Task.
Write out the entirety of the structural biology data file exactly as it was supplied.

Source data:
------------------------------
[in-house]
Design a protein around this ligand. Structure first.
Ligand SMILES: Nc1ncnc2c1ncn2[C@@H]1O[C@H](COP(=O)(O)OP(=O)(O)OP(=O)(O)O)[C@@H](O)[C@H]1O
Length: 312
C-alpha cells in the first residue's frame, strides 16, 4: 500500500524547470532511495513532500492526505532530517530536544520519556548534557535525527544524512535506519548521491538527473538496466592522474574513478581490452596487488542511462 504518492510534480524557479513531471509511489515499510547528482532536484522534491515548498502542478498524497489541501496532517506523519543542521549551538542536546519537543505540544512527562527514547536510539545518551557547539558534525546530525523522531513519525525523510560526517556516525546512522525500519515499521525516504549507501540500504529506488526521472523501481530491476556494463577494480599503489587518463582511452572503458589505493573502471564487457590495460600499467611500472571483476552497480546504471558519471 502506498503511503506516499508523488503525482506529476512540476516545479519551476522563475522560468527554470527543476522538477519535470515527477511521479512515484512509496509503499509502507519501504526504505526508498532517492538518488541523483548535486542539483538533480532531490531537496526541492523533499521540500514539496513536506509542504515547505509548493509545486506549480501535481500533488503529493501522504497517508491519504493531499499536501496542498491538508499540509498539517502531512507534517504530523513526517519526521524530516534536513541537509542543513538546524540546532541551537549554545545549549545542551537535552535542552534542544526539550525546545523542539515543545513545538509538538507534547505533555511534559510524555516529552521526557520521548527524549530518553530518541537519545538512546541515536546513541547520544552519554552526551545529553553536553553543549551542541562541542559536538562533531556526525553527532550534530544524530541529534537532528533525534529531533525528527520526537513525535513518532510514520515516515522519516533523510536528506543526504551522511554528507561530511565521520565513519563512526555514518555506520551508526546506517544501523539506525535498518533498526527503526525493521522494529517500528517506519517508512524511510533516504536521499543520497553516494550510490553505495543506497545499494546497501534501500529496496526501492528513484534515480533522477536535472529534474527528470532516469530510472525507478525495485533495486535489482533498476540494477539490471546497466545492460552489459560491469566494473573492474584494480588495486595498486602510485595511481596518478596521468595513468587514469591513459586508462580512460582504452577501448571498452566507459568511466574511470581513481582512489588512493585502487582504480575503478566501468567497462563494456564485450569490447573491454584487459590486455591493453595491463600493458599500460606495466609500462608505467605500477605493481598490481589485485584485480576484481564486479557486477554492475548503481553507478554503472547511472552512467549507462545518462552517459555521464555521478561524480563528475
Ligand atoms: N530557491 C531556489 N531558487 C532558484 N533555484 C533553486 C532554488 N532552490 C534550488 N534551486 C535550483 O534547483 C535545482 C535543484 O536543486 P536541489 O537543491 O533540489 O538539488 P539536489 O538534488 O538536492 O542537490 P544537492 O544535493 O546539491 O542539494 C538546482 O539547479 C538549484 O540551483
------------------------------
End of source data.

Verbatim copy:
[in-house]
Design a protein around this ligand. Structure first.
Ligand SMILES: Nc1ncnc2c1ncn2[C@@H]1O[C@H](COP(=O)(O)OP(=O)(O)OP(=O)(O)O)[C@@H](O)[C@H]1O
Length: 312
C-alpha cells in the first residue's frame, strides 16, 4: 500500500524547470532511495513532500492526505532530517530536544520519556548534557535525527544524512535506519548521491538527473538496466592522474574513478581490452596487488542511462 504518492510534480524557479513531471509511489515499510547528482532536484522534491515548498502542478498524497489541501496532517506523519543542521549551538542536546519537543505540544512527562527514547536510539545518551557547539558534525546530525523522531513519525525523510560526517556516525546512522525500519515499521525516504549507501540500504529506488526521472523501481530491476556494463577494480599503489587518463582511452572503458589505493573502471564487457590495460600499467611500472571483476552497480546504471558519471 502506498503511503506516499508523488503525482506529476512540476516545479519551476522563475522560468527554470527543476522538477519535470515527477511521479512515484512509496509503499509502507519501504526504505526508498532517492538518488541523483548535486542539483538533480532531490531537496526541492523533499521540500514539496513536506509542504515547505509548493509545486506549480501535481500533488503529493501522504497517508491519504493531499499536501496542498491538508499540509498539517502531512507534517504530523513526517519526521524530516534536513541537509542543513538546524540546532541551537549554545545549549545542551537535552535542552534542544526539550525546545523542539515543545513545538509538538507534547505533555511534559510524555516529552521526557520521548527524549530518553530518541537519545538512546541515536546513541547520544552519554552526551545529553553536553553543549551542541562541542559536538562533531556526525553527532550534530544524530541529534537532528533525534529531533525528527520526537513525535513518532510514520515516515522519516533523510536528506543526504551522511554528507561530511565521520565513519563512526555514518555506520551508526546506517544501523539506525535498518533498526527503526525493521522494529517500528517506519517508512524511510533516504536521499543520497553516494550510490553505495543506497545499494546497501534501500529496496526501492528513484534515480533522477536535472529534474527528470532516469530510472525507478525495485533495486535489482533498476540494477539490471546497466545492460552489459560491469566494473573492474584494480588495486595498486602510485595511481596518478596521468595513468587514469591513459586508462580512460582504452577501448571498452566507459568511466574511470581513481582512489588512493585502487582504480575503478566501468567497462563494456564485450569490447573491454584487459590486455591493453595491463600493458599500460606495466609500462608505467605500477605493481598490481589485485584485480576484481564486479557486477554492475548503481553507478554503472547511472552512467549507462545518462552517459555521464555521478561524480563528475
Ligand atoms: N530557491 C531556489 N531558487 C532558484 N533555484 C533553486 C532554488 N532552490 C534550488 N534551486 C535550483 O534547483 C535545482 C535543484 O536543486 P536541489 O537543491 O533540489 O538539488 P539536489 O538534488 O538536492 O542537490 P544537492 O544535493 O546539491 O542539494 C538546482 O539547479 C538549484 O540551483